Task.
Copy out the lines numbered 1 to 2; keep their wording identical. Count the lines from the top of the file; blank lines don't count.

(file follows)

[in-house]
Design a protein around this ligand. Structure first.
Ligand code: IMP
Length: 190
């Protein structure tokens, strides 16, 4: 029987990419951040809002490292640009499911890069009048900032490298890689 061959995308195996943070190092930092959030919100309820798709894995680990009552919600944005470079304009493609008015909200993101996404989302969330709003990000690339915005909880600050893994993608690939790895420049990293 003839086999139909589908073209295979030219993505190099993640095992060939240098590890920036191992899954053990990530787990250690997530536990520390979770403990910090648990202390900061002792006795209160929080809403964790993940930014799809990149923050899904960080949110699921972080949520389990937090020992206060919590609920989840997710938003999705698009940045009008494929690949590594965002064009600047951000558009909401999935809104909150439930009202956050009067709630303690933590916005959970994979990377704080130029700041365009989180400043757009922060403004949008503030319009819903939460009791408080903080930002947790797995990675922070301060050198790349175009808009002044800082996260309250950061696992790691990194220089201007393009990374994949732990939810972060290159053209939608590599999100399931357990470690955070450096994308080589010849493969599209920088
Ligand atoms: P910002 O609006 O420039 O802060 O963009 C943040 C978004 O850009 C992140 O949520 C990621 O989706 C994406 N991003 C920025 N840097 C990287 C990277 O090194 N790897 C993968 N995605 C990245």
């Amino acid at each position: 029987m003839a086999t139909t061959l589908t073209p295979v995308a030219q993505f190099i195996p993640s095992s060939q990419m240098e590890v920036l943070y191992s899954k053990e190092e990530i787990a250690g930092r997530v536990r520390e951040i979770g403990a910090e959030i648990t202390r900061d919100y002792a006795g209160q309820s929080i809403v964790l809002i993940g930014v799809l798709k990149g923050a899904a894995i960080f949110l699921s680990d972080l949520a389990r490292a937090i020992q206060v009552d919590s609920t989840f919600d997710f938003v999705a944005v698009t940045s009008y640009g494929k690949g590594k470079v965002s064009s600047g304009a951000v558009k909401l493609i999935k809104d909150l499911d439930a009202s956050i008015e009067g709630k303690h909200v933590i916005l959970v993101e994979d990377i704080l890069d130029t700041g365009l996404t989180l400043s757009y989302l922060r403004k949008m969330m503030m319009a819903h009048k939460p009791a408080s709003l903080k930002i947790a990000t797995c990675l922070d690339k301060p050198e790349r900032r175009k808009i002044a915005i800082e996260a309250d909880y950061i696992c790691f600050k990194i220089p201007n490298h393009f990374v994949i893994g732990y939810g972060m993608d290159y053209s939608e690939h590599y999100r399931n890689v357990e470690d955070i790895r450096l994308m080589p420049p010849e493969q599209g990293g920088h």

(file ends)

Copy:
[in-house]
Design a protein around this ligand. Structure first.